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Victoria with her mother, father, and baby brother.

A Label of Developmental Delay Harms More Than Helps!

Mother experienced a challenging pregnancy with early hemorrhaging, followed by numerous ultrasounds performed monthly. The air quality of their home in Mexico City was poor and parents worried about the ill effect on the baby. When it is was learned that the baby had the umbilical cord around her neck, a Caesarean delivery was scheduled. The baby’s birth cry was delayed and she was placed in an incubator at once.

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Baby Victoria was developing slowly and was then labeled as experiencing developmental delay.

“She did not pay attention to anything, she did not make eye contact or babble, she was hypersensitive to sounds and textures.”

From birth onwards, parents watched their first child develop slowly. Mother tells us, “When she was 6 months of age, we entered an early stimulation center and we shared classes with babies of the same age, and I noticed that Victoria was very behind; while the others managed to crawl, Victoria did not succeed. The months went by and every time a difference with the others was more noticeable. She did not pay attention to anything, she did not make eye contact or babble, she was hypersensitive to sounds and textures. She lived in her world, she walked on tiptoe and could not socialize with other children, she had many tantrums and no understanding whatsoever, she went from one game to another, without any period of attention.”

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Little Victoria seemed to be falling further and further behind

At three years of age, Victoria had an EEG that was abnormal, and parents were told it had revealed disorganization. They were advised to begin multiple therapies to help their daughter but a year later and after many therapies, Victoria’s rate of development continued too slow.

“We spent three years in language therapies and sensory therapies which never worked.”

Mother states, “We started looking for specialists. Neurologists gave us different diagnoses between generalized developmental disorder and autism. So, we spent three years in language therapies and sensory therapies which never worked.”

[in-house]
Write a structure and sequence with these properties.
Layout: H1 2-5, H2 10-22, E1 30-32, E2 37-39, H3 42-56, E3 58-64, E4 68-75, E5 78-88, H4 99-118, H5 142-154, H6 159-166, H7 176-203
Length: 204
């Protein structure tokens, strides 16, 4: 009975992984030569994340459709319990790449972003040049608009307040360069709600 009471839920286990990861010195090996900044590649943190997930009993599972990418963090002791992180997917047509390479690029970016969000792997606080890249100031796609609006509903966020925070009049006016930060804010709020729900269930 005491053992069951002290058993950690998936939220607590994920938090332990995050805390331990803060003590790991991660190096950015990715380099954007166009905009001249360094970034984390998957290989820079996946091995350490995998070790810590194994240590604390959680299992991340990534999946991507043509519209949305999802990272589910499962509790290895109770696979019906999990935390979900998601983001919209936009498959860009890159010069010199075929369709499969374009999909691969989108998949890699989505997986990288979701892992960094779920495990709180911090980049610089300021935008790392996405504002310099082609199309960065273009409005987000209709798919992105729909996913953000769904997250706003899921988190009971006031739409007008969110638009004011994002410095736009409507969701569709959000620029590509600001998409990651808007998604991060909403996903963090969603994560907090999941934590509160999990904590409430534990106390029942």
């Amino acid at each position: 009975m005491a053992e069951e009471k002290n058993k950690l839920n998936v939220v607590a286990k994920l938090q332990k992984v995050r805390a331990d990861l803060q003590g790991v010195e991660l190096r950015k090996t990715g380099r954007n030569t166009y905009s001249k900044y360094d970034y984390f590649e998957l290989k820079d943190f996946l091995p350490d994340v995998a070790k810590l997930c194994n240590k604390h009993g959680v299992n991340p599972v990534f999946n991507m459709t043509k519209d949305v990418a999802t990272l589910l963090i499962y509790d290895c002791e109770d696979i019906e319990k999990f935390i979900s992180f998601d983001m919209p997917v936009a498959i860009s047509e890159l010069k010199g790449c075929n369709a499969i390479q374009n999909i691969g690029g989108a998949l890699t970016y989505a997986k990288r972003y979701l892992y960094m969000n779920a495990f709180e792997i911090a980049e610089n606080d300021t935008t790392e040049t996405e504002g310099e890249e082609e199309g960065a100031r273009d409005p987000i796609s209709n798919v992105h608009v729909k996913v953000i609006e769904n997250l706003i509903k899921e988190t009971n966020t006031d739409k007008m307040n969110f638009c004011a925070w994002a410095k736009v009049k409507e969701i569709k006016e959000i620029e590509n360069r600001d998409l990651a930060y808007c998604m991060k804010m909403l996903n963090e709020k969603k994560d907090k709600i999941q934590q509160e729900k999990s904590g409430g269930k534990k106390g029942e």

Soon, Victoria was diagnosed with generalized developmental delay, most especially severe in speech.

By five years of age, Victoria was still in diapers, and could not walk or run as well as other kids her age. She was sensitive to sounds and often cried when in crowds of people. She made little eye contact, and her understanding was limited to only simple things in her everyday environment. She was not skilled in using her hands, and she continued to be behind in speech – she had only two words of speech.

“The doctor told us that Victoria would not read or write, and that she would always live with immaturity.”

Mother remembers, “Every time we went to an evaluation with the neurologist he gave us the worst diagnosis. At the last time, he told us that Victoria would not read or write, and that she would always live with immaturity. He also added to her diagnosis a psychomotor disorder. It was devastating to hear those words; how easily someone can steal your dreams and hopes to see your daughter get ahead.” We were devastated they labeled our child with developmental delay.

Mother explains, “It was a really revealing course for us, since we understood exactly what our daughter had, we understood the world in which she lived, and that we could get her out of there. The brain grows by use!! And the most important thing for us was to recover that hope to get on the right track for our Little Victoria.”

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Victoria begins to learn to read at home with Mother.

After beginning the program Victoria made eye contact, began to read and to dress herself, and she started writing and speaking in sentences for the first time.